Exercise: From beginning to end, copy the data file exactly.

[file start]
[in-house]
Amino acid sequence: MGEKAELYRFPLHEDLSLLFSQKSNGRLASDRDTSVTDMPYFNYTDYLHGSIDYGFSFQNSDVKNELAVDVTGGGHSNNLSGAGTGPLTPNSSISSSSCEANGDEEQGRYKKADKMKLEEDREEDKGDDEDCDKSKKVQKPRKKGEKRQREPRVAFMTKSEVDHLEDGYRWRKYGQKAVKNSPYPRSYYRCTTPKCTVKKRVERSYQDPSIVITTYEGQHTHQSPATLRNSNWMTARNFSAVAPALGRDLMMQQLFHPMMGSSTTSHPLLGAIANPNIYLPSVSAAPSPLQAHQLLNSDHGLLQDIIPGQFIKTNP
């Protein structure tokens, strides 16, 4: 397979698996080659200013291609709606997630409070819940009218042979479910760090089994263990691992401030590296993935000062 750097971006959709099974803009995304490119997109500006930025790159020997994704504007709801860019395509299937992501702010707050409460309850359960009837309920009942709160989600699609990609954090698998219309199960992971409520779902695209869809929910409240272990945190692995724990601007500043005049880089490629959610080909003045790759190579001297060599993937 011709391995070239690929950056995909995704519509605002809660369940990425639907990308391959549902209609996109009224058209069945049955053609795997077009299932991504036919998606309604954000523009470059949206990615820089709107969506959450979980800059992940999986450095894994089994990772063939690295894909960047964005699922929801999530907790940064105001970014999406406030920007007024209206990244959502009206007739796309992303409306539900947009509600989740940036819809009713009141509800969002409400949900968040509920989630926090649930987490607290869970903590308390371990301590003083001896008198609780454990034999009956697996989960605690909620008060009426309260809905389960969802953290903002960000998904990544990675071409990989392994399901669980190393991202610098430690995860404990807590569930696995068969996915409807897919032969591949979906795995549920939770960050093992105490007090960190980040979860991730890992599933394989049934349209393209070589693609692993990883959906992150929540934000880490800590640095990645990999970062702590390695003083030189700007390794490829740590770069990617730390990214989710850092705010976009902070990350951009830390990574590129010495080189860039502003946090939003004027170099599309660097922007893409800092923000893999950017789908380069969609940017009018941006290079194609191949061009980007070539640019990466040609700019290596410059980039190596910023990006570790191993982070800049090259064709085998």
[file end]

[in-house]
Amino acid sequence: MGEKAELYRFPLHEDLSLLFSQKSNGRLASDRDTSVTDMPYFNYTDYLHGSIDYGFSFQNSDVKNELAVDVTGGGHSNNLSGAGTGPLTPNSSISSSSCEANGDEEQGRYKKADKMKLEEDREEDKGDDEDCDKSKKVQKPRKKGEKRQREPRVAFMTKSEVDHLEDGYRWRKYGQKAVKNSPYPRSYYRCTTPKCTVKKRVERSYQDPSIVITTYEGQHTHQSPATLRNSNWMTARNFSAVAPALGRDLMMQQLFHPMMGSSTTSHPLLGAIANPNIYLPSVSAAPSPLQAHQLLNSDHGLLQDIIPGQFIKTNP
């Protein structure tokens, strides 16, 4: 397979698996080659200013291609709606997630409070819940009218042979479910760090089994263990691992401030590296993935000062 750097971006959709099974803009995304490119997109500006930025790159020997994704504007709801860019395509299937992501702010707050409460309850359960009837309920009942709160989600699609990609954090698998219309199960992971409520779902695209869809929910409240272990945190692995724990601007500043005049880089490629959610080909003045790759190579001297060599993937 011709391995070239690929950056995909995704519509605002809660369940990425639907990308391959549902209609996109009224058209069945049955053609795997077009299932991504036919998606309604954000523009470059949206990615820089709107969506959450979980800059992940999986450095894994089994990772063939690295894909960047964005699922929801999530907790940064105001970014999406406030920007007024209206990244959502009206007739796309992303409306539900947009509600989740940036819809009713009141509800969002409400949900968040509920989630926090649930987490607290869970903590308390371990301590003083001896008198609780454990034999009956697996989960605690909620008060009426309260809905389960969802953290903002960000998904990544990675071409990989392994399901669980190393991202610098430690995860404990807590569930696995068969996915409807897919032969591949979906795995549920939770960050093992105490007090960190980040979860991730890992599933394989049934349209393209070589693609692993990883959906992150929540934000880490800590640095990645990999970062702590390695003083030189700007390794490829740590770069990617730390990214989710850092705010976009902070990350951009830390990574590129010495080189860039502003946090939003004027170099599309660097922007893409800092923000893999950017789908380069969609940017009018941006290079194609191949061009980007070539640019990466040609700019290596410059980039190596910023990006570790191993982070800049090259064709085998």